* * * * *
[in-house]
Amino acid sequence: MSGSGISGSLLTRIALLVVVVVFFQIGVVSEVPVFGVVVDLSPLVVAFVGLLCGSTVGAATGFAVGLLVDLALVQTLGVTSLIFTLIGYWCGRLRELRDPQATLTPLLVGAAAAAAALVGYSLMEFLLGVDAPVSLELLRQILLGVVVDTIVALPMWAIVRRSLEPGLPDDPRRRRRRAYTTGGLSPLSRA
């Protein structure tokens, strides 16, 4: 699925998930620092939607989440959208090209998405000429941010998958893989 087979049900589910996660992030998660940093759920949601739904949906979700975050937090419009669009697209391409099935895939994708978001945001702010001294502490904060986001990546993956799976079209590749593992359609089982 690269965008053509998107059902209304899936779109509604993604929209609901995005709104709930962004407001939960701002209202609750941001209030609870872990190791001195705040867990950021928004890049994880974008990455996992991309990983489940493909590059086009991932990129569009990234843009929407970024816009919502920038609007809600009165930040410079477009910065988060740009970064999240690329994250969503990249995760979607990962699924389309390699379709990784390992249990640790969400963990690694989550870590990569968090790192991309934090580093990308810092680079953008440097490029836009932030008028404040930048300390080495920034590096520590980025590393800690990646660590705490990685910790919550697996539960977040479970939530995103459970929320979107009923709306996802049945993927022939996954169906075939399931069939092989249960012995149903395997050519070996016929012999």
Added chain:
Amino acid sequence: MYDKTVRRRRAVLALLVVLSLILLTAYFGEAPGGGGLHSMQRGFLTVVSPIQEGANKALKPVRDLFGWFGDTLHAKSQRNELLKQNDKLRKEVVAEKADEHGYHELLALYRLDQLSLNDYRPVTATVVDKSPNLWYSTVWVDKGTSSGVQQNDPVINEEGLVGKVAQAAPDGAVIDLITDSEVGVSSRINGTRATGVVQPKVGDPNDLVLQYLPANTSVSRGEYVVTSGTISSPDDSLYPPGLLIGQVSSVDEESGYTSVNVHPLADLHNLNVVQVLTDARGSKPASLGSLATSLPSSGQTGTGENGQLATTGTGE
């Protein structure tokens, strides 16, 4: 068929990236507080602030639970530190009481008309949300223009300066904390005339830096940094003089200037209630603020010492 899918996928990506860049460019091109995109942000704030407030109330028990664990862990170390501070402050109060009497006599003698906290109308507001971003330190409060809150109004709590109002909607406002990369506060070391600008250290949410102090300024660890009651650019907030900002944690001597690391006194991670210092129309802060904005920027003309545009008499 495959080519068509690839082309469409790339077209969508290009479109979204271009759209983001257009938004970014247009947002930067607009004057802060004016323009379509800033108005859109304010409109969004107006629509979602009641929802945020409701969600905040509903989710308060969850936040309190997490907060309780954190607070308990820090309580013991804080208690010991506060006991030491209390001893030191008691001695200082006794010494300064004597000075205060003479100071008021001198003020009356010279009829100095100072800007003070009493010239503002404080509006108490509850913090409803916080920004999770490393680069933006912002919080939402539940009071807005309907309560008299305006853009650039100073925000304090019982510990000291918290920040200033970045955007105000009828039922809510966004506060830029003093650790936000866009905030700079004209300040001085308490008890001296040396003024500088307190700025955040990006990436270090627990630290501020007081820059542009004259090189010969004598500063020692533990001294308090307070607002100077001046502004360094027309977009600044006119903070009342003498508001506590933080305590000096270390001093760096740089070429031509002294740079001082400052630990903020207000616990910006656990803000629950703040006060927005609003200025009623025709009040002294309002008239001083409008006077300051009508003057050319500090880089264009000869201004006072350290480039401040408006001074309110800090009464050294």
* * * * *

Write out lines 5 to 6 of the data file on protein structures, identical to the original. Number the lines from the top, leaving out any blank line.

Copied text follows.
Amino acid sequence: MYDKTVRRRRAVLALLVVLSLILLTAYFGEAPGGGGLHSMQRGFLTVVSPIQEGANKALKPVRDLFGWFGDTLHAKSQRNELLKQNDKLRKEVVAEKADEHGYHELLALYRLDQLSLNDYRPVTATVVDKSPNLWYSTVWVDKGTSSGVQQNDPVINEEGLVGKVAQAAPDGAVIDLITDSEVGVSSRINGTRATGVVQPKVGDPNDLVLQYLPANTSVSRGEYVVTSGTISSPDDSLYPPGLLIGQVSSVDEESGYTSVNVHPLADLHNLNVVQVLTDARGSKPASLGSLATSLPSSGQTGTGENGQLATTGTGE
């Protein structure tokens, strides 16, 4: 068929990236507080602030639970530190009481008309949300223009300066904390005339830096940094003089200037209630603020010492 899918996928990506860049460019091109995109942000704030407030109330028990664990862990170390501070402050109060009497006599003698906290109308507001971003330190409060809150109004709590109002909607406002990369506060070391600008250290949410102090300024660890009651650019907030900002944690001597690391006194991670210092129309802060904005920027003309545009008499 495959080519068509690839082309469409790339077209969508290009479109979204271009759209983001257009938004970014247009947002930067607009004057802060004016323009379509800033108005859109304010409109969004107006629509979602009641929802945020409701969600905040509903989710308060969850936040309190997490907060309780954190607070308990820090309580013991804080208690010991506060006991030491209390001893030191008691001695200082006794010494300064004597000075205060003479100071008021001198003020009356010279009829100095100072800007003070009493010239503002404080509006108490509850913090409803916080920004999770490393680069933006912002919080939402539940009071807005309907309560008299305006853009650039100073925000304090019982510990000291918290920040200033970045955007105000009828039922809510966004506060830029003093650790936000866009905030700079004209300040001085308490008890001296040396003024500088307190700025955040990006990436270090627990630290501020007081820059542009004259090189010969004598500063020692533990001294308090307070607002100077001046502004360094027309977009600044006119903070009342003498508001506590933080305590000096270390001093760096740089070429031509002294740079001082400052630990903020207000616990910006656990803000629950703040006060927005609003200025009623025709009040002294309002008239001083409008006077300051009508003057050319500090880089264009000869201004006072350290480039401040408006001074309110800090009464050294």